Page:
Project/Middle Management Information Needs  Project/middle management also needs informational feedback on estimated versus actual project control parameters (schedule. cost and resource in particular) for them to identify and forecast problems and to recommend counter measures and solution to those problems. .  The main focus of project/middle management will be targeted at system control and updating.

storage and control § Inspection of schedule. Field/Functional Management Information Needs  The prime decision making focus of field/functional management is directed mainly towards operational/functional decision-making such as. cost and resource  Field/functional management needs information to capture detailed work progress data. cost and resource status results § Detailed schedule. § Project plans § Project execution methodology § Construction techniques and methodology § Resource procurement. . to identify problematic project area and to recommend solution to these problems.

. § Forecasts the future trends and provides enough information for decision-making. Reporting System  The reporting system is very important for project monitoring and control. which may make cost and schedule deviated from the planned. § Should be very brief and requires less than 10 minutes of reading time.  A good progress report should have the following characteristics: § Should be in a standard format and allow readers to quickly grasp the “project’s pulse”. § Identify issues and proposes an action plan. § Indicates current project cost. Not only the executive management but also all project participants need to perceive current project status to catch any errors. schedule and any variances.

A common problem with these reports is the availability of either “too-little” or “too-much” information. which are prepared and distributed to all the project participants. it is difficult to update them on a very frequent basis.  Also.  Moreover. . Reporting System  The existing reporting system is in the form of “hard copy” reports. With the advancement of information technology. it is now possible to produce “electronic reports” which could be available to all users any time anywhere. such reports can filter data according to the person’s needs and can be updated round the clock.

a modern construction reporting system Updating data Information database • Consultation Estimated • Corrective action Estimated Baseline quantities • Improvement cost planned of all works schedule in project Summit progress report Actual Actual Actual cost duration work done Cost Schedule report report Cost Schedule Percent Monitoring variance variance completion Physical progress Suggest- report ions Variance analysis Causation Control Progress Reports .

. § Activity status reports with early and scheduled starting and completion dates. Reporting System Time Control Reports § Actual versus planned bar chart schedules and time analyzed network reports. for current and balance activities and floats.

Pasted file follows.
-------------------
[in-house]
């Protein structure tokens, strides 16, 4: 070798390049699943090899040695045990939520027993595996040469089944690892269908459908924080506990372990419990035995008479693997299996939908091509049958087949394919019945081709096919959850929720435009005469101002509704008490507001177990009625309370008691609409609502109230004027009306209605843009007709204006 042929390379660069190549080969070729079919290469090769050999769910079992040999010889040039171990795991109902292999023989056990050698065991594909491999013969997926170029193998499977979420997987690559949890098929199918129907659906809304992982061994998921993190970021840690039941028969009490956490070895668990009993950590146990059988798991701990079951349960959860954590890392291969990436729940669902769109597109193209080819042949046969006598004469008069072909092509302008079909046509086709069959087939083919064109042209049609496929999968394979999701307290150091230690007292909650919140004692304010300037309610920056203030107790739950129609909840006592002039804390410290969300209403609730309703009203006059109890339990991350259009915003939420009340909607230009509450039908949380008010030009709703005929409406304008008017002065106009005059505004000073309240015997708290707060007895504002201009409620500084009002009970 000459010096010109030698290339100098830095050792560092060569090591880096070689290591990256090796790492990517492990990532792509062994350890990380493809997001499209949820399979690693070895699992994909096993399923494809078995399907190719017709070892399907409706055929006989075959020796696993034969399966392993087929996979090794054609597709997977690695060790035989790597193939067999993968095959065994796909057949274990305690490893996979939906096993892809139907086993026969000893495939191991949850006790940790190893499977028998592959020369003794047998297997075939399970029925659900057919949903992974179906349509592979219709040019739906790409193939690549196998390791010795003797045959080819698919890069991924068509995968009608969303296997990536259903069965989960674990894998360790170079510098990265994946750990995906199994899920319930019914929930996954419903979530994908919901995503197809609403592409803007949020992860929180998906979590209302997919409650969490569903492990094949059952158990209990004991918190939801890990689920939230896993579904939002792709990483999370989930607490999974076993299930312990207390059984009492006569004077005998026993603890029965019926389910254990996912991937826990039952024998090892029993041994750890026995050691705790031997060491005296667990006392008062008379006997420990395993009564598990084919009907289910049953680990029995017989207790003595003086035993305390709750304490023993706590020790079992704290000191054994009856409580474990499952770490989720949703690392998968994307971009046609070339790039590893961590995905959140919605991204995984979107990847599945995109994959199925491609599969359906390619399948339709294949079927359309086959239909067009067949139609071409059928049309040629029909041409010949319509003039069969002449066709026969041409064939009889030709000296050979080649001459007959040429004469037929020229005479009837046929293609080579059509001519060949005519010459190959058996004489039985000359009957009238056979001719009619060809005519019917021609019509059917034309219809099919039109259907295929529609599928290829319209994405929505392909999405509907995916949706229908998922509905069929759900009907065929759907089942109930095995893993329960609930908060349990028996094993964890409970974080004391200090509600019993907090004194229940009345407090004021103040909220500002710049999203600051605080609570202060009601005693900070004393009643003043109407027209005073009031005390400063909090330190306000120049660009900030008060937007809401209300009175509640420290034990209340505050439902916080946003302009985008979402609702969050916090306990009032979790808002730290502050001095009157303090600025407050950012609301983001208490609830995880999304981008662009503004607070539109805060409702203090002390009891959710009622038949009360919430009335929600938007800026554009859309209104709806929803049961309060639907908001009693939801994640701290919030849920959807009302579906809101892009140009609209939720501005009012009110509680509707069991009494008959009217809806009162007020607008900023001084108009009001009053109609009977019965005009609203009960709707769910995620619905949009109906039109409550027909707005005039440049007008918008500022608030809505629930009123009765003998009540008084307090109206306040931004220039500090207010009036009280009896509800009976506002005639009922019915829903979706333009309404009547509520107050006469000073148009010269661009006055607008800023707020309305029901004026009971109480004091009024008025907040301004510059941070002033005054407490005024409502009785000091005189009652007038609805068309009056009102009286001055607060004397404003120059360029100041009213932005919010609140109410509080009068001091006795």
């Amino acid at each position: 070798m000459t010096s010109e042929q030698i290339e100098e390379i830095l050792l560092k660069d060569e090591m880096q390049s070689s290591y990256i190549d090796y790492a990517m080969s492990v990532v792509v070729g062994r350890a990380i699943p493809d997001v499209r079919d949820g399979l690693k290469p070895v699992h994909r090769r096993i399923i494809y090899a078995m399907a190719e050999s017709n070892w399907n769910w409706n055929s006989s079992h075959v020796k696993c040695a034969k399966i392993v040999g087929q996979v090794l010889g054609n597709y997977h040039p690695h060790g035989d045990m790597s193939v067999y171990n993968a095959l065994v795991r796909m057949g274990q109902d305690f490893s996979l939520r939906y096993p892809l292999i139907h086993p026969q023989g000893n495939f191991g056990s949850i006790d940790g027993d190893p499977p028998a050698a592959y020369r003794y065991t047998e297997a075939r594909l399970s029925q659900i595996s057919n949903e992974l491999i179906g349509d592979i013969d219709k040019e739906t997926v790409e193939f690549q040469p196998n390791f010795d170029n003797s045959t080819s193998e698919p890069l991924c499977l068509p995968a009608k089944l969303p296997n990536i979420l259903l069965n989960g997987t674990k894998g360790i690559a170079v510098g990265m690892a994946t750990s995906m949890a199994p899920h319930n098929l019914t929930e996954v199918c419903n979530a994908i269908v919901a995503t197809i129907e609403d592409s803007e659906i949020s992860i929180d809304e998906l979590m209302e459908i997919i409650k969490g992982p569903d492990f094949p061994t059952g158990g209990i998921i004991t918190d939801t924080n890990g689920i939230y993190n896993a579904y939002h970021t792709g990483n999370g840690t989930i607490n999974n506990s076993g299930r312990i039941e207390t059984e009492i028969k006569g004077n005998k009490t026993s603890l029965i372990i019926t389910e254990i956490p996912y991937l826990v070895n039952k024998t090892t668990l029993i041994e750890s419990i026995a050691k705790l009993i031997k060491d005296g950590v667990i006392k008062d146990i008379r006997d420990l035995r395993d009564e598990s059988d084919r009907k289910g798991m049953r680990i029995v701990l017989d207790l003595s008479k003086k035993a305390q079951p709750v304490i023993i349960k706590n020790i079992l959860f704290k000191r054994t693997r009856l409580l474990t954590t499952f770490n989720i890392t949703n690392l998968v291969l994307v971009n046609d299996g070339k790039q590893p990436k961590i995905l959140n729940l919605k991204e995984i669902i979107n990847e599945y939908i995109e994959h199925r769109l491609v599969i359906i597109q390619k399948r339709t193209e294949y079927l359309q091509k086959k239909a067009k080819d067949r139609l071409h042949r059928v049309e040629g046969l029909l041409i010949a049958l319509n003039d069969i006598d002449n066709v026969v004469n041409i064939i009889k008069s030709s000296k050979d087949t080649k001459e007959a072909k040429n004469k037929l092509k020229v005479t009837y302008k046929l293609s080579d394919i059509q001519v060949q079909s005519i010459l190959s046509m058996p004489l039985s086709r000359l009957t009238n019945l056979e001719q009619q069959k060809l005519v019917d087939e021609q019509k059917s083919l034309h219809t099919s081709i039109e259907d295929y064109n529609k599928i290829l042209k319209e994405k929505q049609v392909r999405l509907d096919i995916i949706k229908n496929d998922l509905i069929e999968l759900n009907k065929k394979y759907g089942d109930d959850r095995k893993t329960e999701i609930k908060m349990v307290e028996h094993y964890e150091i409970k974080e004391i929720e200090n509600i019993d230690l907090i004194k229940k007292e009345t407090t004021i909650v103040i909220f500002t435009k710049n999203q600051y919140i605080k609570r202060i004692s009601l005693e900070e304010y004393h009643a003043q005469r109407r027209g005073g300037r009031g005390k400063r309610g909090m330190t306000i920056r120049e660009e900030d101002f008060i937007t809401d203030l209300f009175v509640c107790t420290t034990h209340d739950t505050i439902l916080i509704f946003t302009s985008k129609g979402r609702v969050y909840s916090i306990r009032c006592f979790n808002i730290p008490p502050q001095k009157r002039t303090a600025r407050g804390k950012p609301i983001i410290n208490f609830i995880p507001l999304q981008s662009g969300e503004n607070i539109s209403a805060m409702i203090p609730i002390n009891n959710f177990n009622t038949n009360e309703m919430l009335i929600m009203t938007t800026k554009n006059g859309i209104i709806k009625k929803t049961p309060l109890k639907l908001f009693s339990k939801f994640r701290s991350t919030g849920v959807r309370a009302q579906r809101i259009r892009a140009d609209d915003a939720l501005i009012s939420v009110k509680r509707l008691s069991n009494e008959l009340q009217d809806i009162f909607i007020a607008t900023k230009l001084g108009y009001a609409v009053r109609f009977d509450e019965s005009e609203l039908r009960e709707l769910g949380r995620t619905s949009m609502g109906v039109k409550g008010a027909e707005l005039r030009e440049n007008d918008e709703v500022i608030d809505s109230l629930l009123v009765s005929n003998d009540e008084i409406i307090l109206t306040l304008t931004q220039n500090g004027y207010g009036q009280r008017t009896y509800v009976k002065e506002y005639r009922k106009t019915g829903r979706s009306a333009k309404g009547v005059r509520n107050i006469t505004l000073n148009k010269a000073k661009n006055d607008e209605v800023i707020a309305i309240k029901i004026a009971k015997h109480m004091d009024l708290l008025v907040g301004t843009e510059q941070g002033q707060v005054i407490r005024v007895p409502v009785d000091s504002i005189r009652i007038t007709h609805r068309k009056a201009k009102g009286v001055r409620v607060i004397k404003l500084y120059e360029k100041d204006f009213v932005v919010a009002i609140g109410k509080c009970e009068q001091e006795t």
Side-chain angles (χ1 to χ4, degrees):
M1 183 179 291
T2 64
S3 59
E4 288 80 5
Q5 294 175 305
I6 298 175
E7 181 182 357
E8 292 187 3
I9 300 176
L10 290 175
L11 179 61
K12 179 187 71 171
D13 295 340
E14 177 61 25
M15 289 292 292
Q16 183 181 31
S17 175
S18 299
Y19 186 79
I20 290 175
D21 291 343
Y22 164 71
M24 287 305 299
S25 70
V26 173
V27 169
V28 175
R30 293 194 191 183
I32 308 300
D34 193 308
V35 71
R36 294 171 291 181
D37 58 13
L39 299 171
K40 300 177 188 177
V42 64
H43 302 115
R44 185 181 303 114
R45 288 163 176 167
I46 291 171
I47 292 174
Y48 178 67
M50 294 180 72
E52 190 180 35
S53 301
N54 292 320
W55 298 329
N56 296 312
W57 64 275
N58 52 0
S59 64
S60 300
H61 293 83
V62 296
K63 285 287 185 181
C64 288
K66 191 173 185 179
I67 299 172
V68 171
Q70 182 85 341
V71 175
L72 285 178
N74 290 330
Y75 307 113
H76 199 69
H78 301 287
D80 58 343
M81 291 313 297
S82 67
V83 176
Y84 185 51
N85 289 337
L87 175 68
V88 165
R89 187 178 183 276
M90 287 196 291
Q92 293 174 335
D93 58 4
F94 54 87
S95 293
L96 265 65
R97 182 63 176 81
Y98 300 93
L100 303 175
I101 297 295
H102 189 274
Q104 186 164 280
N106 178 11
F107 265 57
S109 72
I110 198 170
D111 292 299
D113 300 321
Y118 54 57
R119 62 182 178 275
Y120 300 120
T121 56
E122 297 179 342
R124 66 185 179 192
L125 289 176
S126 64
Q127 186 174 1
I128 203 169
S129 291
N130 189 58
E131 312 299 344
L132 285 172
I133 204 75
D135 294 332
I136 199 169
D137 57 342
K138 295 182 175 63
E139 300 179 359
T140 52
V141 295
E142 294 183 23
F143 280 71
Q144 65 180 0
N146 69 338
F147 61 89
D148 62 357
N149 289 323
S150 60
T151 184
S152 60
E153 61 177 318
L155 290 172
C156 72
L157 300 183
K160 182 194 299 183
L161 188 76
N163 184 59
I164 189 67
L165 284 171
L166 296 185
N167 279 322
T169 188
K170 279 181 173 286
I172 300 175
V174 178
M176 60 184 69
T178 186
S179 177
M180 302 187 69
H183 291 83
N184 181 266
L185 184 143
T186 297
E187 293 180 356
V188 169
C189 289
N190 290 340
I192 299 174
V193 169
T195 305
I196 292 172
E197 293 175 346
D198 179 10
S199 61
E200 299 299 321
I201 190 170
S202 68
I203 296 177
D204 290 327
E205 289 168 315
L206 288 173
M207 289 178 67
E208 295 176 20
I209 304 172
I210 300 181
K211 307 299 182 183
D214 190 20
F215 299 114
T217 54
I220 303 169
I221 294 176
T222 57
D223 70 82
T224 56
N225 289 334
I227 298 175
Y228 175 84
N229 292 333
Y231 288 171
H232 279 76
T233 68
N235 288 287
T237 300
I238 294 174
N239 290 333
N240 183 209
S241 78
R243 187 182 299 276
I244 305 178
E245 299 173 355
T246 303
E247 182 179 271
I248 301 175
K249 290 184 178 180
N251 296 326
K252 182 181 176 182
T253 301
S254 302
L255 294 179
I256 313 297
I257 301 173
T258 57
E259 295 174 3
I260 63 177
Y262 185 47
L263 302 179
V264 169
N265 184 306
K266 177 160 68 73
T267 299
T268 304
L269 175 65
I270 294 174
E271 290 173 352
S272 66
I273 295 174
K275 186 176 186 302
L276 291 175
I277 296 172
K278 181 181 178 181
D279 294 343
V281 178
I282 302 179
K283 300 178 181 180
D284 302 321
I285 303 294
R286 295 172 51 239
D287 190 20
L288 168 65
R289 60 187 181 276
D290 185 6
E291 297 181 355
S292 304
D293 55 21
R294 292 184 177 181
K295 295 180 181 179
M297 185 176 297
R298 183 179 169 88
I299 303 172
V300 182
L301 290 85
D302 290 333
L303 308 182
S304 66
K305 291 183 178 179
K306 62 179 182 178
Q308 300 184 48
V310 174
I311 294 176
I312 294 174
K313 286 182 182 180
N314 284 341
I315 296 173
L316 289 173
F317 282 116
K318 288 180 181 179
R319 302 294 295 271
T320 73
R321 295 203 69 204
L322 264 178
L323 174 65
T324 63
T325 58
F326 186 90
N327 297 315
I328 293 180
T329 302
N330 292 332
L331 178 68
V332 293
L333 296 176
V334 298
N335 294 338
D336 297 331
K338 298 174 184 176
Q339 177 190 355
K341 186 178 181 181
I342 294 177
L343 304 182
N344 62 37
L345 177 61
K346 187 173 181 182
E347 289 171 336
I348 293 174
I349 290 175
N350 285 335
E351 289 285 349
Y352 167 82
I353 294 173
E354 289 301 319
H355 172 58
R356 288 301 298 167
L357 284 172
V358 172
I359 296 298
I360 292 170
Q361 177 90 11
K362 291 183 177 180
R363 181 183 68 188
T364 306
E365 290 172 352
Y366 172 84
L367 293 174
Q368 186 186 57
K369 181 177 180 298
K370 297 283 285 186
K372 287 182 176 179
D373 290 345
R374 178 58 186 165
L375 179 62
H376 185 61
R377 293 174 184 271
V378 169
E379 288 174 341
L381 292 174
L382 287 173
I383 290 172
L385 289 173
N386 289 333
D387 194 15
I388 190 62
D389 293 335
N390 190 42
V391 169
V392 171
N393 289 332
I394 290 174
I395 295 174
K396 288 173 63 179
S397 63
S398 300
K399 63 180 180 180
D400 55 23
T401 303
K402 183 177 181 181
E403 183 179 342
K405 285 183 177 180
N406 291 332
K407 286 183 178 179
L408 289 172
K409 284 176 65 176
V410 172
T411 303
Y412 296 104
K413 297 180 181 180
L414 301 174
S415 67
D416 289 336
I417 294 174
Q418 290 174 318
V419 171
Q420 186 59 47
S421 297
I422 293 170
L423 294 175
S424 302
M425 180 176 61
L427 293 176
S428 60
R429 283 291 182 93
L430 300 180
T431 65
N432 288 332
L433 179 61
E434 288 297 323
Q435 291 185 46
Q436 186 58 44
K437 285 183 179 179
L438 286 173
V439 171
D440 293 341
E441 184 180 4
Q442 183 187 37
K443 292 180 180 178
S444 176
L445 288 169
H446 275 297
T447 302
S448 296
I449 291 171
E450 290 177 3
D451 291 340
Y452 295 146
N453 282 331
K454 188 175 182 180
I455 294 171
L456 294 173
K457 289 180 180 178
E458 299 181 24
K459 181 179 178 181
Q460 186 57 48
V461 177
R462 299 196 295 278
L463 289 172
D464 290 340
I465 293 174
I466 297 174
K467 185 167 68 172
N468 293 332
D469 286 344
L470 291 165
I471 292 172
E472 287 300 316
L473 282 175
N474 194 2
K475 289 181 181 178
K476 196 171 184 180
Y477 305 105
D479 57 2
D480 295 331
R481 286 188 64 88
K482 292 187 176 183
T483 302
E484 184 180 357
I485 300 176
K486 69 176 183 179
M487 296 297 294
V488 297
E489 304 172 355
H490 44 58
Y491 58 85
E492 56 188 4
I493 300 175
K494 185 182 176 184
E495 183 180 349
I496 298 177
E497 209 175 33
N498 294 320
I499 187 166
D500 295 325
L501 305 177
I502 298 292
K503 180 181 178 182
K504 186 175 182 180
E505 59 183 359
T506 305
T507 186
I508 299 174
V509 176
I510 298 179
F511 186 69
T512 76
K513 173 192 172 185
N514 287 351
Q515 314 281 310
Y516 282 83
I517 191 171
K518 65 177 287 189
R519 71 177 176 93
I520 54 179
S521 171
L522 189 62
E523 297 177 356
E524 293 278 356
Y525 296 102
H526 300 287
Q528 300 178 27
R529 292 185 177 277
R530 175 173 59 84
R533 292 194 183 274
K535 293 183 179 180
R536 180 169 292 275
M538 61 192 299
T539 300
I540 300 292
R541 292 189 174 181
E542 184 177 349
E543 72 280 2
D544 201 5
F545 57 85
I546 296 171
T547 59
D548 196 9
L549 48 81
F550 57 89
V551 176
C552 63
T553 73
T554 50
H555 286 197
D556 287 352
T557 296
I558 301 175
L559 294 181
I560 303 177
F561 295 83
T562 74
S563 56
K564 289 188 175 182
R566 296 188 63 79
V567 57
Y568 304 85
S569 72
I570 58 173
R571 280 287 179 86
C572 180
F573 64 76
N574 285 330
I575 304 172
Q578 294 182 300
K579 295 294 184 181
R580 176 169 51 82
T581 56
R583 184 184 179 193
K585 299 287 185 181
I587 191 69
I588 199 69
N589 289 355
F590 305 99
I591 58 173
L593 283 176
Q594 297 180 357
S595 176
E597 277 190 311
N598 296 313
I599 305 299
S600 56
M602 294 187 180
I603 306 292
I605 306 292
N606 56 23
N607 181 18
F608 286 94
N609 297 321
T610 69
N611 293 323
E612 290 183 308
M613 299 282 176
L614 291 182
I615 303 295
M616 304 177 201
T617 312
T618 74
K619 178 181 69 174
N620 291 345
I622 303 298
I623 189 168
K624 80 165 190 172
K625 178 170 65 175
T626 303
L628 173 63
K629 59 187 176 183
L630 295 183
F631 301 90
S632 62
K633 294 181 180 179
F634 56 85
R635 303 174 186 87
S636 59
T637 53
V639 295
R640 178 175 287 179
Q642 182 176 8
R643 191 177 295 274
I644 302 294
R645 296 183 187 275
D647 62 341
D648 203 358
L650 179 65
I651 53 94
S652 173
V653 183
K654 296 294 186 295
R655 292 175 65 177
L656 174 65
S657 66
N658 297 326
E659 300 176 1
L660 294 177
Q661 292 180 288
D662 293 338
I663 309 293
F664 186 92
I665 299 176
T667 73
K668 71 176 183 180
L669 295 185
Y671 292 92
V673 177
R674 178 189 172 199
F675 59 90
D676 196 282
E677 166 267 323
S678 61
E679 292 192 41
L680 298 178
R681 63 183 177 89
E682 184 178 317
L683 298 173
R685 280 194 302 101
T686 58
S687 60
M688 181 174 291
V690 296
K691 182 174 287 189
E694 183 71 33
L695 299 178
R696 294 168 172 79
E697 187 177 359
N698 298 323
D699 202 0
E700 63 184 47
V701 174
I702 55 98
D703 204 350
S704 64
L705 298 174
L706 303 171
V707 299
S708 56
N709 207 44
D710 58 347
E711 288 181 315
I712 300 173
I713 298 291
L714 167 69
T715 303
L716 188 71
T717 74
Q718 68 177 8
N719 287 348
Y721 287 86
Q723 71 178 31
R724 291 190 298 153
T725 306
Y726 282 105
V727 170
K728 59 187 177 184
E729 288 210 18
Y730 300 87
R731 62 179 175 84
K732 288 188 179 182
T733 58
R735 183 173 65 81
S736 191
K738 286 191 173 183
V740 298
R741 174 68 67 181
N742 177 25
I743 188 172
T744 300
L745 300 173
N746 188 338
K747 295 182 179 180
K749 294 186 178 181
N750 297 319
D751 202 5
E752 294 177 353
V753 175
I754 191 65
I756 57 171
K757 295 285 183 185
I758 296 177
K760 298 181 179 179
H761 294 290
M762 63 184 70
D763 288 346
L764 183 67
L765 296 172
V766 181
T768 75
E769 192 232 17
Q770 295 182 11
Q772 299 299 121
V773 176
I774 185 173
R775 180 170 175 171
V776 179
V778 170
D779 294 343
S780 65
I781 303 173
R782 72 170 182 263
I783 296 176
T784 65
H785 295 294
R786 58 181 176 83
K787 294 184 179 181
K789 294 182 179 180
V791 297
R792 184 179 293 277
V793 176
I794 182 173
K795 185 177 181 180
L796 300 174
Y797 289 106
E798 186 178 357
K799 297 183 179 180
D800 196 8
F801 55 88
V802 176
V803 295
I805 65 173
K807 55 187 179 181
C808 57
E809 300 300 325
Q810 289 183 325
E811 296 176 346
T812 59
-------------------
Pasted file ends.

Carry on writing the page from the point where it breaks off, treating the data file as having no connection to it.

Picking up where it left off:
resources and departments. Reporting System Resources Control Reports § Actual versus planned resources report. work packages. actual and balanced work. . § Optimum schedules of resources by varying resource availability patterns. § Resource productivity analysis report for activities. § Histograms of resources and forecasts for planned.

Reporting System Cost Control Reports § Actual and budgeted cost variance with respect to activity. work package.r. work item. § Monthly progress payment invoices. § Planned versus actual costs and sales forecasts and future trends.t activities. work packages. resources and departments. resources and departments. . § Cost performance analysis w.

Data Collection  The data collection is a very crucial element of an effective project management information system. § Technical data: Contracts and specifications. Contractors and consultant’s information etc. § Field data: Project status report. . weekly or monthly time sheets. Time management report (number of hours spent on a particular activity). Vendors and suppliers information. Project drawings. § Financial data: Purchase records. daily. Project resources (materials. Payment records. Payroll sheets. Bank statements etc. § Administrative data: Employees records. equipment and labor) report. Not only the decision making but also the successful completion of a project within estimated time and cost depends on the reliability of data collected on-site and off-site.

the important thing is that the information should be complete. questionnaires. Data Collection  The most troublesome and most important is the field data on which all estimation. reliable and meaningful. . work and activity sampling.  Whatever the method is used. video clips etc.  There are various ways to collect field data like time and task sheets. forecasting and decision-making depends.

. § Record everything which can effect project cost and schedule like change orders. labor strike and so on. equipment) utilization. delayed delivery of material or equipment. material. § Keep daily track of resources (labor. bad weather. Data Collection GUIDELINES § Keep daily record of all the activities performed at the site and the distribution of manpower for these activities. § Record any technical or non-technical problems which can affect project performance and report to the main office. § Always keep backup of important data particularly if the data recording system is computerized.

Communications can be: § Written formal § Written informal § Oral formal § Oral informal . Communication  Proper communications are vital to the success of the project. Communication is the process by which information is exchanged.

Communication must convey both information and motivation.e. § Establishing multiple communication channels. The communication process is more than simply conveying a message. . § Using a simple language. it is also a source for control. Communication  The process selected will obviously depend on with whom communication is made. sending the same information in different ways.  Some techniques to improve the communication process: § Obtaining feedback. Proper communication let the employees in on the act because employees need to know and understand. i. § Avoiding redundancy. possibly in more than one form.